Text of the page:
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Changing Name Changes Nothing

The city Department of Education has announced that the Gateway program will be one of the schools that will replace Jamaica High School next year. Although a city councilman and state assemblyman from Fresh Meadows have praised the proposal, we remain unimpressed. You can put lipstick on a pig, but it is still a pig.

For a long time there have been serious problems at Jamaica High. Too many students never graduate and too many students read and do math below the grade level. Clearly changes need to be made, but the people making those changes should take into consideration the history of Jamaica HS and the role this institution has played in the community it serves.

Those who want to break up Jamaica HS into several new high schools, including Gateway, point out that the Gateway program has been successful in communities with minority and low-income students. Gateway sounds impressive, but it should be noted that Gateway is already a part of Jamaica HS. Why can’t the DOE build on that success without creating a new high school?

The Gateway program prepares students for careers in health and science. That is terrific, but can’t that be done without dismantling Jamaica HS? State Assemblyman Rory Lancman and City Councilman James Gennaro, the elected officials supporting the Gateway program, represent areas from which Jamaica High School students are drawn, but two Council members from southeast Queens are skeptical.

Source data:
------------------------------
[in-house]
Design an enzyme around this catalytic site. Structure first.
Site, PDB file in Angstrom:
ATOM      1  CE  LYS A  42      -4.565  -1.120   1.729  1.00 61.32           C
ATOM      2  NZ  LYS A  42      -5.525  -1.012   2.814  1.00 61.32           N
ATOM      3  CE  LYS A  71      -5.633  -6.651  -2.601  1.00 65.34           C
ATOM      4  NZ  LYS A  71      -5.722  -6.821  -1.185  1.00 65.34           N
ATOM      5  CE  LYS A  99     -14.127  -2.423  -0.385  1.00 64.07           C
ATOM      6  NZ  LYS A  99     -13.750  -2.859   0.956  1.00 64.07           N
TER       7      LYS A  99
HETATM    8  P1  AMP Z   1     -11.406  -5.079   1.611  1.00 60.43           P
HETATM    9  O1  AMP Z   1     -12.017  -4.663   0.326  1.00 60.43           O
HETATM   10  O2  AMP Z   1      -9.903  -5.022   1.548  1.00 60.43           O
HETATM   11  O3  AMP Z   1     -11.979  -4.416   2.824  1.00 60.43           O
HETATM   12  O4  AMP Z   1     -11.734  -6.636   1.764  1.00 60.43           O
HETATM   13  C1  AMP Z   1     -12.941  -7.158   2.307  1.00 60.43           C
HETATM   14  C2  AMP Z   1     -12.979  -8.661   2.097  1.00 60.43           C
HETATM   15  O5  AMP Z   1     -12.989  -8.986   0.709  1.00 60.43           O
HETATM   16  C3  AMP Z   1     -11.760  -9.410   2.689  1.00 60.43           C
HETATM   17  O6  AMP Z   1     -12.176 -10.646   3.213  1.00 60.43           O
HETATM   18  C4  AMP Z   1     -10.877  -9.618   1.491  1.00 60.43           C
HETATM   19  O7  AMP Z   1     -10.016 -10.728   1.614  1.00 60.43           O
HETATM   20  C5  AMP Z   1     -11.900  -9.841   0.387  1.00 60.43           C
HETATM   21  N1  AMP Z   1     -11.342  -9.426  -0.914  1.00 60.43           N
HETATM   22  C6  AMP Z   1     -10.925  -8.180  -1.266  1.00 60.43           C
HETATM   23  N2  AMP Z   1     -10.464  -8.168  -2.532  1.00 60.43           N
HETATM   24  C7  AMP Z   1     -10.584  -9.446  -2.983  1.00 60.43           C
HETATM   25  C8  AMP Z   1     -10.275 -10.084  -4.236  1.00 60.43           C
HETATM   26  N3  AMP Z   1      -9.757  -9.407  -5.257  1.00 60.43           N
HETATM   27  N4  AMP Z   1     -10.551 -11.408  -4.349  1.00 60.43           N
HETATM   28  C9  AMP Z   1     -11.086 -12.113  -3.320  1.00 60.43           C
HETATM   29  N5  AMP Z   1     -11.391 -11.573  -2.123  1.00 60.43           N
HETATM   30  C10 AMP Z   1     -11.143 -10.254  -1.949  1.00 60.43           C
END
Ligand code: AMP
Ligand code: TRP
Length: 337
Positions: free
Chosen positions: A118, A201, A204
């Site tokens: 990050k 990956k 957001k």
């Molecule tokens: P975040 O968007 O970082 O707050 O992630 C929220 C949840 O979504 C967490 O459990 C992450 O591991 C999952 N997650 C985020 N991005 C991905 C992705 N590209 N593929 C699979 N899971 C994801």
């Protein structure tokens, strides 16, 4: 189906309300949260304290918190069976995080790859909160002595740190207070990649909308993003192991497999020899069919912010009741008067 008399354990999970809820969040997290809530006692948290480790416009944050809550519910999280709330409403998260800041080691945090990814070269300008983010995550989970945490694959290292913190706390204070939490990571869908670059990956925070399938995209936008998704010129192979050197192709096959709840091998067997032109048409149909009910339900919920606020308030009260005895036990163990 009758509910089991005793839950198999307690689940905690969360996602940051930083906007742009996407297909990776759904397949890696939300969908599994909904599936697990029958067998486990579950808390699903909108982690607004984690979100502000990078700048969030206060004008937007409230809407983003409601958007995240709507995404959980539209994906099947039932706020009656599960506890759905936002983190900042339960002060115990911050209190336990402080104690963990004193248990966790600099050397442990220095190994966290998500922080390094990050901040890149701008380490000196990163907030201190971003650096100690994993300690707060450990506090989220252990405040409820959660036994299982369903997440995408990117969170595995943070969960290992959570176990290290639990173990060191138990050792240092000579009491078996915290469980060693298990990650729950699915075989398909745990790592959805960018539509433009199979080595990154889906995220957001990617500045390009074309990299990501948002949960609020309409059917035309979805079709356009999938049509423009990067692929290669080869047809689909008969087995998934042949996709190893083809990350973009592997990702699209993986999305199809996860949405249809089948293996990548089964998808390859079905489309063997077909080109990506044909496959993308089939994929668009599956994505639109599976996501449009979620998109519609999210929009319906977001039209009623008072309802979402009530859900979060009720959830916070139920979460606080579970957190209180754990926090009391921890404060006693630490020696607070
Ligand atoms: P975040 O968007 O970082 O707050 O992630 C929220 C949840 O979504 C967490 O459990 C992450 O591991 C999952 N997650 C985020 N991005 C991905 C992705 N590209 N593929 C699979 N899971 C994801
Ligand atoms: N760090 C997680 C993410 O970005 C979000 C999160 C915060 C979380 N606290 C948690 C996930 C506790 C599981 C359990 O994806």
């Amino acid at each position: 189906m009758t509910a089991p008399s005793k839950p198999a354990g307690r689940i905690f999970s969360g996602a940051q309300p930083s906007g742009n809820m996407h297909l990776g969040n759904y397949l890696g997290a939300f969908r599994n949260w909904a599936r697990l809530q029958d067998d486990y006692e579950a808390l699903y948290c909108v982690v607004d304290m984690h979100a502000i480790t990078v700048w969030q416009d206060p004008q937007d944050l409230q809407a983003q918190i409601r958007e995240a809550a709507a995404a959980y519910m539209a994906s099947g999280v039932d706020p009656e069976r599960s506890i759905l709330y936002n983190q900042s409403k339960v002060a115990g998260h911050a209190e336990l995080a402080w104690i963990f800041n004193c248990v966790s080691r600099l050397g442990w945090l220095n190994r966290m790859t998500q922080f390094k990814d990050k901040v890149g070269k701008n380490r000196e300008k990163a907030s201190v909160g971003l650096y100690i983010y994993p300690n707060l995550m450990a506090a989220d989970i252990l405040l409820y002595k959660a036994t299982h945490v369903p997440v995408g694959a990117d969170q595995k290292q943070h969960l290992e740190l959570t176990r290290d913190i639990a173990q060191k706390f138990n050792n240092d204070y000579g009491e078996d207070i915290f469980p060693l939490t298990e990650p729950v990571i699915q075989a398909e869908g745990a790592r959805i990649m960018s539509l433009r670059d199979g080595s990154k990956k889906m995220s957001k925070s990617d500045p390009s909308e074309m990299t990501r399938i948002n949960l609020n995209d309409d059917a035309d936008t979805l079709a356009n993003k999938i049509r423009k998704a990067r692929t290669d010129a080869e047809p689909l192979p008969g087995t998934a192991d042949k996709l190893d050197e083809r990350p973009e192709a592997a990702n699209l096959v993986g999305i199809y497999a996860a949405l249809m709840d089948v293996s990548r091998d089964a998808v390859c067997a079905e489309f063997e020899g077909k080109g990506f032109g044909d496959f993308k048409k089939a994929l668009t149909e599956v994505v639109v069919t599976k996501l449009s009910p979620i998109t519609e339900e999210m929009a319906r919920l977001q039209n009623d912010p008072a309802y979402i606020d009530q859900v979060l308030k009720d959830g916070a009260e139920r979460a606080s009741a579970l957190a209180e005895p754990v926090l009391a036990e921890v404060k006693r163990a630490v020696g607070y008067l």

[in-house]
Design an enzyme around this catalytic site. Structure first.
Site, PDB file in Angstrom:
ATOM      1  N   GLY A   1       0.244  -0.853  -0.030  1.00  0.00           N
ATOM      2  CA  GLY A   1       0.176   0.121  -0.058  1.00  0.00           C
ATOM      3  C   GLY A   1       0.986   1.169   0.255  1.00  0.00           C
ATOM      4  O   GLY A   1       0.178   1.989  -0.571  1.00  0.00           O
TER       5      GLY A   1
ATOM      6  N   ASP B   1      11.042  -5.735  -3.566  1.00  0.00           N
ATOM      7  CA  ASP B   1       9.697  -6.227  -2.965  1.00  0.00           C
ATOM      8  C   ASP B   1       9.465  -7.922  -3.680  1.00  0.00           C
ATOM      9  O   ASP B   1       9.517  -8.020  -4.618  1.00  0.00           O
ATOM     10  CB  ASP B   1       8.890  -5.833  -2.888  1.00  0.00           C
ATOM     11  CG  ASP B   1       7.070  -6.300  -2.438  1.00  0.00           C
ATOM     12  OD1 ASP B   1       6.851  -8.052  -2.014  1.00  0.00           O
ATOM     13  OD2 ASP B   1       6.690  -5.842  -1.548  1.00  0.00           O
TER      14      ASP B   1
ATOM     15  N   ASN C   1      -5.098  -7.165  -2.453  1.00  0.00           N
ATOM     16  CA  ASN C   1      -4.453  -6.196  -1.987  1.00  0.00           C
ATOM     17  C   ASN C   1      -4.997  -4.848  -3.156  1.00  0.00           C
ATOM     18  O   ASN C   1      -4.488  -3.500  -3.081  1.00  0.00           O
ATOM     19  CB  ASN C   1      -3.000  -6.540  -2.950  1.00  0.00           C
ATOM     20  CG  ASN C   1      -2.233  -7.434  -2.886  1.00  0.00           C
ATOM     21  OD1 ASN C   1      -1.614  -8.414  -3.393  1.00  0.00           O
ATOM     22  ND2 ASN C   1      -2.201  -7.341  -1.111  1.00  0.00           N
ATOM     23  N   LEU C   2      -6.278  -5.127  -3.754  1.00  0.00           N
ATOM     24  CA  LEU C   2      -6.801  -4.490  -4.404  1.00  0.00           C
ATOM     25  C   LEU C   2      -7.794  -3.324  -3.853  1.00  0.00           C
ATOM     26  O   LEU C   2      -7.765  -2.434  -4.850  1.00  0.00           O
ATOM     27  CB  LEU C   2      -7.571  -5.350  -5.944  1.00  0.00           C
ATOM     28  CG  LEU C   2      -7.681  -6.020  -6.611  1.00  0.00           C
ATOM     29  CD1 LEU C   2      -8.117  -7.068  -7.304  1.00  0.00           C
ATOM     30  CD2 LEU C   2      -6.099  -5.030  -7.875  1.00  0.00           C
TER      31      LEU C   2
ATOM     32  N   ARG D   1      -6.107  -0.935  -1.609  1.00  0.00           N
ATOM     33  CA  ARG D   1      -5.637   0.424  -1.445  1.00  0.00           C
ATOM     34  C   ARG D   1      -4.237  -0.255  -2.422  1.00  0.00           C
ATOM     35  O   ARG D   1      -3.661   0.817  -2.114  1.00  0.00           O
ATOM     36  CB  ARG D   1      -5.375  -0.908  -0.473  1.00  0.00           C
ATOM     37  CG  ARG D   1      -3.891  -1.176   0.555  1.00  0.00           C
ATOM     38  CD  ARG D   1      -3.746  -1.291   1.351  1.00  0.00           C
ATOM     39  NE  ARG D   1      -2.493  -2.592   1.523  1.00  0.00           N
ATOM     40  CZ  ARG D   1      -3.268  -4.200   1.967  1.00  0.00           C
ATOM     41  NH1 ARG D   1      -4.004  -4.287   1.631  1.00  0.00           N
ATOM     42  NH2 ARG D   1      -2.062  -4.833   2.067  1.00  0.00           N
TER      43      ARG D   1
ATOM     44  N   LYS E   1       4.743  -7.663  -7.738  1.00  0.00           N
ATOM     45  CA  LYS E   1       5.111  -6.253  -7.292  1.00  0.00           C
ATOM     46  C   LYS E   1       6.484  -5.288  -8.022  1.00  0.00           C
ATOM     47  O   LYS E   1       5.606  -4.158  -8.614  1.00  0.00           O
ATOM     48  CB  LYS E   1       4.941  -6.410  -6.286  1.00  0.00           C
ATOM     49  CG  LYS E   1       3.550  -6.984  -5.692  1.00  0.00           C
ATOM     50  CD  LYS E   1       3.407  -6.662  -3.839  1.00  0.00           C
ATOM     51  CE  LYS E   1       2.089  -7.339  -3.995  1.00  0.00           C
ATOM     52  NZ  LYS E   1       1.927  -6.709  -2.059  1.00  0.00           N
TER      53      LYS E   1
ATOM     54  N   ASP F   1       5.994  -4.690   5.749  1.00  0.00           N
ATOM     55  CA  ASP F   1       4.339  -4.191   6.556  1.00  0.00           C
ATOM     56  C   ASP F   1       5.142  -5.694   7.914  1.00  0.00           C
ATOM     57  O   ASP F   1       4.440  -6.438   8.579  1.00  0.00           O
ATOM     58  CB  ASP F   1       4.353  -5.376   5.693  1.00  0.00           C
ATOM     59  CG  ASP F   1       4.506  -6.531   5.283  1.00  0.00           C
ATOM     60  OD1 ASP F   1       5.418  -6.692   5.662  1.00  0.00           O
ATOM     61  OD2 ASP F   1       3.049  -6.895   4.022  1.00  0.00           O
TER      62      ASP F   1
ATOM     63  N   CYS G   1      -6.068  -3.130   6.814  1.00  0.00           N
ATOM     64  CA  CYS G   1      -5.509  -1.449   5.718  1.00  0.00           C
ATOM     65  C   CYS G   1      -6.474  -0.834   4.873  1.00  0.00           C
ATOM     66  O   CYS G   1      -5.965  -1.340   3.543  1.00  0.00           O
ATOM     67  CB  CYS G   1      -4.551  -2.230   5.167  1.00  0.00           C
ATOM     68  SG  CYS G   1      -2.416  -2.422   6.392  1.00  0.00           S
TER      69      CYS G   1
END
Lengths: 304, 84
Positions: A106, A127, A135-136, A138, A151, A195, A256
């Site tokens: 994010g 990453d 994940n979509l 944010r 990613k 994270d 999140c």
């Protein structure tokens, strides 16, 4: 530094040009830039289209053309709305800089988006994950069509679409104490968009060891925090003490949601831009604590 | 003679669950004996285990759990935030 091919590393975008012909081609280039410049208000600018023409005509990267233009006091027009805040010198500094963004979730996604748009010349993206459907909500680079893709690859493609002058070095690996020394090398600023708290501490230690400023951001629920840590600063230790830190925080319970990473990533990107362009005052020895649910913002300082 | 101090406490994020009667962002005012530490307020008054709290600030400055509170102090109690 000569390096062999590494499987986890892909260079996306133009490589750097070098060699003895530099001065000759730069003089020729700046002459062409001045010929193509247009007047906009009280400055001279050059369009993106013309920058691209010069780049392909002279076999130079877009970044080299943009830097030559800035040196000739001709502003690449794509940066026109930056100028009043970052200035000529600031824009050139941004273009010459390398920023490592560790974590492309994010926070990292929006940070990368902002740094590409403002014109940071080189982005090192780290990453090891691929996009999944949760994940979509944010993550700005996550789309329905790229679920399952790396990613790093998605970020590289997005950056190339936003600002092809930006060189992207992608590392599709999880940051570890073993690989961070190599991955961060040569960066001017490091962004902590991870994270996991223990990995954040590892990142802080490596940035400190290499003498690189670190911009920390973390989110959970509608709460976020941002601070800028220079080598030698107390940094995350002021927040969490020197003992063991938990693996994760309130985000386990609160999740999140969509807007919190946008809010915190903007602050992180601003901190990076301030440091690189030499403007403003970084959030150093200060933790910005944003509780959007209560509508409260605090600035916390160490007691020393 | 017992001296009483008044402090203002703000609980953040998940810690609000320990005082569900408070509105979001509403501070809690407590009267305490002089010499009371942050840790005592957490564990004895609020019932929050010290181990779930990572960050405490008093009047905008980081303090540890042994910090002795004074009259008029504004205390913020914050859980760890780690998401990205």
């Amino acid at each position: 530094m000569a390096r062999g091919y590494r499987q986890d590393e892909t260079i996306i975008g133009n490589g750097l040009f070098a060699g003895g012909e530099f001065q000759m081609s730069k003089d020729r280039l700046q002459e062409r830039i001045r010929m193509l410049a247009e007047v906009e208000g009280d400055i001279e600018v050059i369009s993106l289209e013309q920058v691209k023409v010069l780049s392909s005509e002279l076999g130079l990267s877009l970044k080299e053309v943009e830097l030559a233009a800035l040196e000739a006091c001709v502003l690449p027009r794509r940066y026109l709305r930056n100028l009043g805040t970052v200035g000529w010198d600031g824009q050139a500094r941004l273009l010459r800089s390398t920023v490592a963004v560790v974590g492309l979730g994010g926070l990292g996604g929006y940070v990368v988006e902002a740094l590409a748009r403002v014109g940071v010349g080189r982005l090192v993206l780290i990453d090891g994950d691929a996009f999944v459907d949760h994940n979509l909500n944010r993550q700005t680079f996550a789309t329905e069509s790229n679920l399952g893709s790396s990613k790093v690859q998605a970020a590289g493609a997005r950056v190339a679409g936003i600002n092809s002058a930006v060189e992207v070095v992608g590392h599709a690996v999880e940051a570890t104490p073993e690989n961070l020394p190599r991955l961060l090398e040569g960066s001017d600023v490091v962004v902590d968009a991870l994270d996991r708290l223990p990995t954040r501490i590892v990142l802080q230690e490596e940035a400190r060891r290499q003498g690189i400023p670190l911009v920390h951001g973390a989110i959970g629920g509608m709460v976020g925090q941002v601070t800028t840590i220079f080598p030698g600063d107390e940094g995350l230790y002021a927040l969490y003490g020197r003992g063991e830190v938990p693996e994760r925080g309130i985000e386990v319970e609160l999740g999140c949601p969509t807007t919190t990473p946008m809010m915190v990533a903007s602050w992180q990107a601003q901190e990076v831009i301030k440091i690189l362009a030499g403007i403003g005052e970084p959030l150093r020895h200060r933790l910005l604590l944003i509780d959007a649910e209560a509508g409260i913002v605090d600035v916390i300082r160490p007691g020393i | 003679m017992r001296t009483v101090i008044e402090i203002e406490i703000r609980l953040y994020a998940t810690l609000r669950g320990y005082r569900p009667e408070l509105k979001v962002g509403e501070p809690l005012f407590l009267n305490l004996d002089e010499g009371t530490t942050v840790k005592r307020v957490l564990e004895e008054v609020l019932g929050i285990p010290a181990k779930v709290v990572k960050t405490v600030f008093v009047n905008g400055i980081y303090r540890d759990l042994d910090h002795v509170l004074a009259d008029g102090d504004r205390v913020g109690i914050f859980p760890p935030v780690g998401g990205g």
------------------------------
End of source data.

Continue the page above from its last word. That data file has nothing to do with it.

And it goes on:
“I do know the principal at Jamaica is trying to be innovative, but I don’t know why they aren’t giving him more resources,” said Councilman Leroy Comrie.

Councilman James Sanders added, “What they are trying to do is create an airplane while they’re in the sky.”

Once again, we urge that the DOE’s plans to dismantle Jamaica HS and other Queens schools be put on hold until the new city schools chancellor, Cathie Black, has the opportunity to examine the problems firsthand.

This editorial has been updated to reflect corrections:  Assemblymen Rory Lancman and James Gennaro, whose offices are in Fresh Meadows, represent other areas that send students to Jamaica High School.  They support the Gateway program.  Councilmen LeRoy Comrie and James Sanders want to see Jamaica High remain open for the students in their southeast Queens districts.

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